Halloween is a tradition rich holiday. Decorations, trick ‘r treat, and costumes remain comforting constants in our time. Second only to Christmas in marketability, due to easily identifiable and exploitable themes, networks make sure to produce several Halloween specials during the season. The most popular and longest running traditions American television has to offer of this variety would be The Simpsons “Treehouse of Horror”.
“Treehouse” is as much of an institution in this country as The Simpsons itself. Just because something is an institution, though, doesn’t mean it will be good. Many people find inconsistency in the quality of the past few seasons of The Simpsons, and this includes the hallowed Halloween Special. This year, The Simpsons celebrates it’s 600th episode and 27th “Treehouse of Horror”, so I sat down and watched every “Treehouse” to bring to you the top 3 episodes, as ranked by yours truly.
I thought about ranking the best segments overall (there are three segments per episode), but I couldn’t bring myself to separate them. After all, these stories were presented together, so they should be experienced together.
3. “Treehouse of Horror XXIV” (Season 25, Episode 2)
Original Air Date: 10/6/13
While it’s true the episodes from the early days of The Simpsons average more laughs per minute, this episode reminded us what the show has a team of Ivy League-educated writers breathing hot comedy into ancient horror films or twisting our childhood books into gore-soaked animation. The weakest of the segments (and the titles) is “Dead and Shoulders”, which takes its main gag from “Treehouse of Horror II”, where we see Mr. Burns’ head grafted to Homer’s neck. This time Bart’s head is grafted to Lisa’s neck, ending in a similar fashion to the twenty-two-year-old predecessor. Let’s backtrack to the first segment, “Oh, The Places You’ll D’oh”, where we see Dr. Seuss get a rewrite. I have to admit that I’m a sucker for poetry parodies, so when I heard the sly rewording of a childhood classic, I followed each alliterative rhyme with giggles of glee. The final segment, “Freaks No Geeks”, hearkens back from the black and white era of film: Freaks. The segment sets the forbidden love Moe harbors for Marge in an early-era freak show. Yes, most of the segments were funny, but the real reason to watch this was the opening—the pièce de résistance. The opening sequence of the this particular episode was directed by none other than famed Spanish director Guillermo Del Toro. Del Toro, a horror director himself, fit as many references to horror movies as possible in the minute long “Couch sequence” that normally precedes every single Simpsons episode. It would not be inaccurate to say that opening is why this episode cracked my top 3.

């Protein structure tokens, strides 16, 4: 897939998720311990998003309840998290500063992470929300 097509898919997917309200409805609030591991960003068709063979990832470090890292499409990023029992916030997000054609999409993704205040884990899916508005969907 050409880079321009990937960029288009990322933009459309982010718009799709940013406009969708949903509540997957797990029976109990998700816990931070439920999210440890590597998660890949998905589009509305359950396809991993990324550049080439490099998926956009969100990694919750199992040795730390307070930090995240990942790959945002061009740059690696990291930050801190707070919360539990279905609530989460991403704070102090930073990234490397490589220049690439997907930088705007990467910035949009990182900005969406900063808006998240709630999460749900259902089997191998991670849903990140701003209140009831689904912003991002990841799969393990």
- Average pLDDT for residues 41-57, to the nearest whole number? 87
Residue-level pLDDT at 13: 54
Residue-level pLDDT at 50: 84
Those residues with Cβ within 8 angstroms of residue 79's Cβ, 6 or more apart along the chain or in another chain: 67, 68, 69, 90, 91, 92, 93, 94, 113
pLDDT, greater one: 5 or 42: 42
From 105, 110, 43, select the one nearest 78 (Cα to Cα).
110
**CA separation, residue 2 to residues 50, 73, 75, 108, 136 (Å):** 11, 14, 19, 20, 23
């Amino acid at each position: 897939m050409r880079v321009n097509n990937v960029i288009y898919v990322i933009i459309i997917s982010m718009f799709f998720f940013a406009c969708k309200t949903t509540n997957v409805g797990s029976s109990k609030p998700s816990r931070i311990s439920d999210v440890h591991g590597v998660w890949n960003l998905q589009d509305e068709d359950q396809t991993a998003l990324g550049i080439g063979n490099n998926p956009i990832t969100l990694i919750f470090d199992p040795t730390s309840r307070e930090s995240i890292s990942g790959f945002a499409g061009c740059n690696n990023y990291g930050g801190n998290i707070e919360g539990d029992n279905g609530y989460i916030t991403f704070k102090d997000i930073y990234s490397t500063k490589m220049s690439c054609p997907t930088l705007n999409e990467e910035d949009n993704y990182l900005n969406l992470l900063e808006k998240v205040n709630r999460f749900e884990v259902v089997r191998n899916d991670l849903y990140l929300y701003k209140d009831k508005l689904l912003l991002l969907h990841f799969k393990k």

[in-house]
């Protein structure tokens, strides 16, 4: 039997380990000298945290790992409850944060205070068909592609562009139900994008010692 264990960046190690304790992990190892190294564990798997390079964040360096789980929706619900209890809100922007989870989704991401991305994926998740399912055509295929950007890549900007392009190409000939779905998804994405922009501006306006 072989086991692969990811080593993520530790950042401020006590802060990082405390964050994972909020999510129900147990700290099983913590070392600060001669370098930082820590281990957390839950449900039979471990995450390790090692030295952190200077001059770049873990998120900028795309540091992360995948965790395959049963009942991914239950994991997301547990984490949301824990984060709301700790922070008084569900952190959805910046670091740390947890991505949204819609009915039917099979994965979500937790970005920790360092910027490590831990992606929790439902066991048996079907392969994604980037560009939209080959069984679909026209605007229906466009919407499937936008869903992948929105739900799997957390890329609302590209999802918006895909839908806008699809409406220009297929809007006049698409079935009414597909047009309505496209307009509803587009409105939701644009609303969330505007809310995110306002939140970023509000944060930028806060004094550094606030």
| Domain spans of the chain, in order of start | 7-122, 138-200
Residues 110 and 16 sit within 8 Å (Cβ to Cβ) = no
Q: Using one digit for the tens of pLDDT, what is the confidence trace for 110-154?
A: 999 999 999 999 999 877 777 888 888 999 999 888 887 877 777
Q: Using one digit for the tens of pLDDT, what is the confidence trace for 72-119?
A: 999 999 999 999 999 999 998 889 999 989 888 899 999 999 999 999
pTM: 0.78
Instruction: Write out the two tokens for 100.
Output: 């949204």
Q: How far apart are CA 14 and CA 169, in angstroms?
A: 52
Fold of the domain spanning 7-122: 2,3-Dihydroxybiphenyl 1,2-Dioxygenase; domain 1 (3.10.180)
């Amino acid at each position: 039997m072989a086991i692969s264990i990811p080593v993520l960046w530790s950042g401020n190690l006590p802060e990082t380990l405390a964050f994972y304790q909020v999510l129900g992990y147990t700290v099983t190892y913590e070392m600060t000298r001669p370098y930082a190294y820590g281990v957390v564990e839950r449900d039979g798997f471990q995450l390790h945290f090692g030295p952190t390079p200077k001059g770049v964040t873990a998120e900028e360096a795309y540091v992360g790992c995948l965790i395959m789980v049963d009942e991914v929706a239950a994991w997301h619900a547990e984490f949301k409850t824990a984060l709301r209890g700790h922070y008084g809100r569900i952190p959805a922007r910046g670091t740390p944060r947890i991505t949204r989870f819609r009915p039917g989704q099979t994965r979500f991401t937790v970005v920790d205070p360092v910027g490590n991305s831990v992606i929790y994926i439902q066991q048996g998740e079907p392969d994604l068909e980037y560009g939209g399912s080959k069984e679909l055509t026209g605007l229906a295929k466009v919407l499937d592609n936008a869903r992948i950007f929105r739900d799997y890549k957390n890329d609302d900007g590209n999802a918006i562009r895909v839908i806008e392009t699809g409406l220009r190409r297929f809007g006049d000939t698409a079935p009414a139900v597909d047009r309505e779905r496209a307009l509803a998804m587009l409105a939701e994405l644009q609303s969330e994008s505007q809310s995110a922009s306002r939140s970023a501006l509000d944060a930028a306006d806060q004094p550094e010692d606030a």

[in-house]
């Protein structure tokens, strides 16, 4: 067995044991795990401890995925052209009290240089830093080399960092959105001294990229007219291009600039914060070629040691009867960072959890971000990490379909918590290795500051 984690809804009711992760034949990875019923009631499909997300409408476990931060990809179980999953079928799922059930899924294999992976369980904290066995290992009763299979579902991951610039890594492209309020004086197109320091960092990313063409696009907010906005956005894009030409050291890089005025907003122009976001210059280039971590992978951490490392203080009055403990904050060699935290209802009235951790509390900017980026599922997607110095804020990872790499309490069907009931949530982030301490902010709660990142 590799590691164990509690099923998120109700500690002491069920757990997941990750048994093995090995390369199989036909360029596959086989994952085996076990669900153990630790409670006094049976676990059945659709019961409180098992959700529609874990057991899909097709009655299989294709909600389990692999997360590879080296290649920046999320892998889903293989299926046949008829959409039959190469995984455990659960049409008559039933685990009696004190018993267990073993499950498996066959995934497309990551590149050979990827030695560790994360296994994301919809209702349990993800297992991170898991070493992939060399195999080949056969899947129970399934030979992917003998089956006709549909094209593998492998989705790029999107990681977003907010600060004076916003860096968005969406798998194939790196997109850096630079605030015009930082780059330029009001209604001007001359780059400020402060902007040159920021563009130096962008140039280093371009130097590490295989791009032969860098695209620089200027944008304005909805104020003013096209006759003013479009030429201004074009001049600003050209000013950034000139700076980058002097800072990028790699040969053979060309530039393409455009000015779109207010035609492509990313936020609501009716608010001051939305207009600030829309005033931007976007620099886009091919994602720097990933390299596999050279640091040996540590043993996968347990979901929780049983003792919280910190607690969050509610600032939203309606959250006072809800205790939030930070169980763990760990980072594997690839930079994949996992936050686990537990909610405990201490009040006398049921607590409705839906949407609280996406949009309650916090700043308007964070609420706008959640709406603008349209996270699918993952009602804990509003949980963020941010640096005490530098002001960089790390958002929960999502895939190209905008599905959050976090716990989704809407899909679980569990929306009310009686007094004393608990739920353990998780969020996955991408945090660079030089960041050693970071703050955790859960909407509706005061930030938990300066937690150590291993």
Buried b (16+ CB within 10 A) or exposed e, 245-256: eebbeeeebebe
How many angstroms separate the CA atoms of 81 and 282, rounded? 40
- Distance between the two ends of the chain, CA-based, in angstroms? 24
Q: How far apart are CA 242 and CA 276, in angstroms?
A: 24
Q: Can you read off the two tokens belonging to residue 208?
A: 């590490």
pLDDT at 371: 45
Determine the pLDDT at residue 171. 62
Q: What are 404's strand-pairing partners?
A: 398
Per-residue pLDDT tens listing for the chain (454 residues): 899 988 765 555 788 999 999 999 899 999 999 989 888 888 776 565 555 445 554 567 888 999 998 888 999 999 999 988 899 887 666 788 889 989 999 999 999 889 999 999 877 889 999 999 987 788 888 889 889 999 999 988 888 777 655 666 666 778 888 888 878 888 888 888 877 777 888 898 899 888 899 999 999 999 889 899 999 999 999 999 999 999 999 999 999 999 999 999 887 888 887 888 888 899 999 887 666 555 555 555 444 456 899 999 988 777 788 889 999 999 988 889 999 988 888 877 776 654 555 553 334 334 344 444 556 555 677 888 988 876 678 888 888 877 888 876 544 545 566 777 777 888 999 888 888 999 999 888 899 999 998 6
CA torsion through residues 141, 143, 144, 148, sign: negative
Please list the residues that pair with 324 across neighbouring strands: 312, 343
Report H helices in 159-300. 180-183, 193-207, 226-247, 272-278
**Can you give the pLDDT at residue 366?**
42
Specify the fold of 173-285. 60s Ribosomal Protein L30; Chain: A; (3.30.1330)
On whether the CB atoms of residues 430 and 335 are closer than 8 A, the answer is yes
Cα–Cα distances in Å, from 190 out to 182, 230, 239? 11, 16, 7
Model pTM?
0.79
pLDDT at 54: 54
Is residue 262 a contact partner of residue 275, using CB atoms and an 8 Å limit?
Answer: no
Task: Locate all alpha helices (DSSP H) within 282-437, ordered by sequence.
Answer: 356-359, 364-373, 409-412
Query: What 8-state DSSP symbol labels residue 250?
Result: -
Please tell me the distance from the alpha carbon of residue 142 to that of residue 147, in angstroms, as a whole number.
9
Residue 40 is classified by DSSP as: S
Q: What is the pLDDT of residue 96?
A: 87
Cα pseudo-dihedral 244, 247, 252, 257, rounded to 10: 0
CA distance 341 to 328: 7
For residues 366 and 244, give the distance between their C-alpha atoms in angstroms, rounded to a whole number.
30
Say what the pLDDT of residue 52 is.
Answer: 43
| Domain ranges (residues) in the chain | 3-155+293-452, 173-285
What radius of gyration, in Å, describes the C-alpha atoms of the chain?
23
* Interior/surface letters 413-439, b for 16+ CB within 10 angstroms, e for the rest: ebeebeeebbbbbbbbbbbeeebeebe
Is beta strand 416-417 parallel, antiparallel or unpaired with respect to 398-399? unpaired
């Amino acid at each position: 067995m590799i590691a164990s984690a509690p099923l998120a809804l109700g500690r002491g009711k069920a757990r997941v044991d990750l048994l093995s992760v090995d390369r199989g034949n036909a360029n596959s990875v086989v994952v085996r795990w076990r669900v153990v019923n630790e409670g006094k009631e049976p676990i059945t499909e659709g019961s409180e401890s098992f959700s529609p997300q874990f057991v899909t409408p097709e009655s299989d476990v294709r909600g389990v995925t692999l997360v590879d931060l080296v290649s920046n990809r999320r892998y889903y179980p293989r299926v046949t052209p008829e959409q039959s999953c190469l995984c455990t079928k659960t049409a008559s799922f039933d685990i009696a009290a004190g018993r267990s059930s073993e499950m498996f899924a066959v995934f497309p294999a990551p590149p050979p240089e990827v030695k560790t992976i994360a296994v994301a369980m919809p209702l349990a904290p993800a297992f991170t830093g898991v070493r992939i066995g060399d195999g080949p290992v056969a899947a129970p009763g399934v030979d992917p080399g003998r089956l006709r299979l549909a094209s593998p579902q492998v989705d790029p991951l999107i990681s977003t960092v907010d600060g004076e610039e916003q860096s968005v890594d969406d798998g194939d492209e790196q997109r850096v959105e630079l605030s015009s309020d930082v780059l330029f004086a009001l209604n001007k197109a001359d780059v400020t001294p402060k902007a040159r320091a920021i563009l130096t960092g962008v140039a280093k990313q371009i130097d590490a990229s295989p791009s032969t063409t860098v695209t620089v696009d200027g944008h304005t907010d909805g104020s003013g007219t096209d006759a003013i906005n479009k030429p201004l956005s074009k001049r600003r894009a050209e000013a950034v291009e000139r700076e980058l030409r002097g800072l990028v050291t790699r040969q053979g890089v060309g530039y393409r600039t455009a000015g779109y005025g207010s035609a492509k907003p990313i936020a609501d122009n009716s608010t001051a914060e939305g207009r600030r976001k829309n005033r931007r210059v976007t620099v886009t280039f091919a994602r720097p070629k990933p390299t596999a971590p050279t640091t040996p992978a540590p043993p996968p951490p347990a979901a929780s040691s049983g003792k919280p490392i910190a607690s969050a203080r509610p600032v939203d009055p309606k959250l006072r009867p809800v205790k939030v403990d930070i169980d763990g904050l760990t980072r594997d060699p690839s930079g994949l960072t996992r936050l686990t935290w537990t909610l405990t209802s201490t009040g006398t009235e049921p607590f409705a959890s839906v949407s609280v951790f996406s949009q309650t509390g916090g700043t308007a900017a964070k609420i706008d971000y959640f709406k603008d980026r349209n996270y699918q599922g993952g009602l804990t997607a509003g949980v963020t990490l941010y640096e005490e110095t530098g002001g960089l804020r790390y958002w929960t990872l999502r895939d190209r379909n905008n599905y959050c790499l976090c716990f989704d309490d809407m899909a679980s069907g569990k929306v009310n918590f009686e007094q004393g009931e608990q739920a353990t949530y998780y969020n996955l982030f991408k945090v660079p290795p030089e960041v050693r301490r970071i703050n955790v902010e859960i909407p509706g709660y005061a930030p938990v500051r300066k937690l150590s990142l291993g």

2. “Treehouse of Horror” (Season 2, Episode 3)
Original Air Date: 10/25/90
I’ve always found the first of something keeps a special place in the heart, and the same is true with the original “Treehouse”. The saga-starting segment, entitled “Bad Dream House”, spoofed most every haunted house movie there was. The jokes were original and fresh, largely due to only being two years old. “Hungry are the Damned” introduced our favorite alien invaders, Kodos and Kang, while delivering one of the best punchlines written for the show: How to Cook For Forty Humans. Remember a paragraph ago when I said I was a sucker for poetry parodies? Well, The Simpsons did me one better and adapted Edgar Allan Poe’s “The Raven” nearly word for word. The respect the writers displayed for the source material is not only emblematic of everything that is great about “Treehouse of Horror”, but creates a genuinely hilarious atmosphere. This episode didn’t just set the standard, but also set the tone for the next six Halloween specials.
1. “Treehouse of Horror V” (Season 6, Episode 6)
Original Air Date: 10/30/94
Before I sat down to watch every single “Treehouse of Horror” in a row, the first thought I had on the subject was “The Shinning”. “The Shinning”, a parody of Stephen King/Stanley Kubrick’s The Shining, became such a prolific segment that it could launch any episode it was attached to straight to the top of this list. And it did. The other two segments, though, are nearly as memorable. “Time and Punishment” could serve as the textbook definition of the butterfly effect, while “Nightmare Cafeteria” could replace Soylent Green (the source material for the segment) and we would all be better for it. In fact, it would be fair to say this episode did more than pay homage to the horror stories it mocked, but—in many ways—this episode did it better.